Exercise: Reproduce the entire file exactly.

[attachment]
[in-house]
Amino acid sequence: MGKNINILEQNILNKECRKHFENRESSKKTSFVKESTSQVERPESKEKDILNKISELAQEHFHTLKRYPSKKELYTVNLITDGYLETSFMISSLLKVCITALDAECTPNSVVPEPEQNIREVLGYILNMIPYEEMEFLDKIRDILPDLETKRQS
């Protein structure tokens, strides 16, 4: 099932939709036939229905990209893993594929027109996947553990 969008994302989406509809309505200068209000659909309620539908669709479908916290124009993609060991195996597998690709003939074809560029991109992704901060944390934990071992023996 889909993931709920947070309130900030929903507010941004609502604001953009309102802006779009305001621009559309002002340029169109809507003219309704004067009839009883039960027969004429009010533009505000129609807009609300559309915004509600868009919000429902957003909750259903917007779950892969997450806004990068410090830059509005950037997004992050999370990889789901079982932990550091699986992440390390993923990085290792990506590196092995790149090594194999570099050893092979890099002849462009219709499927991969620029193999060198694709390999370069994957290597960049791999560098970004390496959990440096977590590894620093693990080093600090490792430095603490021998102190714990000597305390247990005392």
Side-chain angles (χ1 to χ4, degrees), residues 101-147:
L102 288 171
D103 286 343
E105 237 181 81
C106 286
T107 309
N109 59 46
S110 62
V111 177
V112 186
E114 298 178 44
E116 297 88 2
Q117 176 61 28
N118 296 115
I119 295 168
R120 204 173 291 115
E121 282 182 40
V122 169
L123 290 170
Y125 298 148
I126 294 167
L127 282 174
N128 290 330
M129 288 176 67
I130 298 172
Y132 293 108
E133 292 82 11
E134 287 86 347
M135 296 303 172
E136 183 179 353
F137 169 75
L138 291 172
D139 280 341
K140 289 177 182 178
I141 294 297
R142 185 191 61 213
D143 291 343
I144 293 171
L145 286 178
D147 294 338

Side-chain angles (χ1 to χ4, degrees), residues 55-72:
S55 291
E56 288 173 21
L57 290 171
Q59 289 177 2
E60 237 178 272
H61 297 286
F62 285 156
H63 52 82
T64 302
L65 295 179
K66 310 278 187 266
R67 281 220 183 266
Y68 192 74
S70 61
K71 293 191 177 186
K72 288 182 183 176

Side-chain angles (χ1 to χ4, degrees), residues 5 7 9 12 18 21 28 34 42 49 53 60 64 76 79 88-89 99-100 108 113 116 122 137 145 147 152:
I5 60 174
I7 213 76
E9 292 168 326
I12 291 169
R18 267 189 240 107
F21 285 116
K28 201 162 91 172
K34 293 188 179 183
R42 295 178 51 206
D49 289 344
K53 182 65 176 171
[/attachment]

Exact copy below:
[in-house]
Amino acid sequence: MGKNINILEQNILNKECRKHFENRESSKKTSFVKESTSQVERPESKEKDILNKISELAQEHFHTLKRYPSKKELYTVNLITDGYLETSFMISSLLKVCITALDAECTPNSVVPEPEQNIREVLGYILNMIPYEEMEFLDKIRDILPDLETKRQS
């Protein structure tokens, strides 16, 4: 099932939709036939229905990209893993594929027109996947553990 969008994302989406509809309505200068209000659909309620539908669709479908916290124009993609060991195996597998690709003939074809560029991109992704901060944390934990071992023996 889909993931709920947070309130900030929903507010941004609502604001953009309102802006779009305001621009559309002002340029169109809507003219309704004067009839009883039960027969004429009010533009505000129609807009609300559309915004509600868009919000429902957003909750259903917007779950892969997450806004990068410090830059509005950037997004992050999370990889789901079982932990550091699986992440390390993923990085290792990506590196092995790149090594194999570099050893092979890099002849462009219709499927991969620029193999060198694709390999370069994957290597960049791999560098970004390496959990440096977590590894620093693990080093600090490792430095603490021998102190714990000597305390247990005392």
Side-chain angles (χ1 to χ4, degrees), residues 101-147:
L102 288 171
D103 286 343
E105 237 181 81
C106 286
T107 309
N109 59 46
S110 62
V111 177
V112 186
E114 298 178 44
E116 297 88 2
Q117 176 61 28
N118 296 115
I119 295 168
R120 204 173 291 115
E121 282 182 40
V122 169
L123 290 170
Y125 298 148
I126 294 167
L127 282 174
N128 290 330
M129 288 176 67
I130 298 172
Y132 293 108
E133 292 82 11
E134 287 86 347
M135 296 303 172
E136 183 179 353
F137 169 75
L138 291 172
D139 280 341
K140 289 177 182 178
I141 294 297
R142 185 191 61 213
D143 291 343
I144 293 171
L145 286 178
D147 294 338

Side-chain angles (χ1 to χ4, degrees), residues 55-72:
S55 291
E56 288 173 21
L57 290 171
Q59 289 177 2
E60 237 178 272
H61 297 286
F62 285 156
H63 52 82
T64 302
L65 295 179
K66 310 278 187 266
R67 281 220 183 266
Y68 192 74
S70 61
K71 293 191 177 186
K72 288 182 183 176

Side-chain angles (χ1 to χ4, degrees), residues 5 7 9 12 18 21 28 34 42 49 53 60 64 76 79 88-89 99-100 108 113 116 122 137 145 147 152:
I5 60 174
I7 213 76
E9 292 168 326
I12 291 169
R18 267 189 240 107
F21 285 116
K28 201 162 91 172
K34 293 188 179 183
R42 295 178 51 206
D49 289 344
K53 182 65 176 171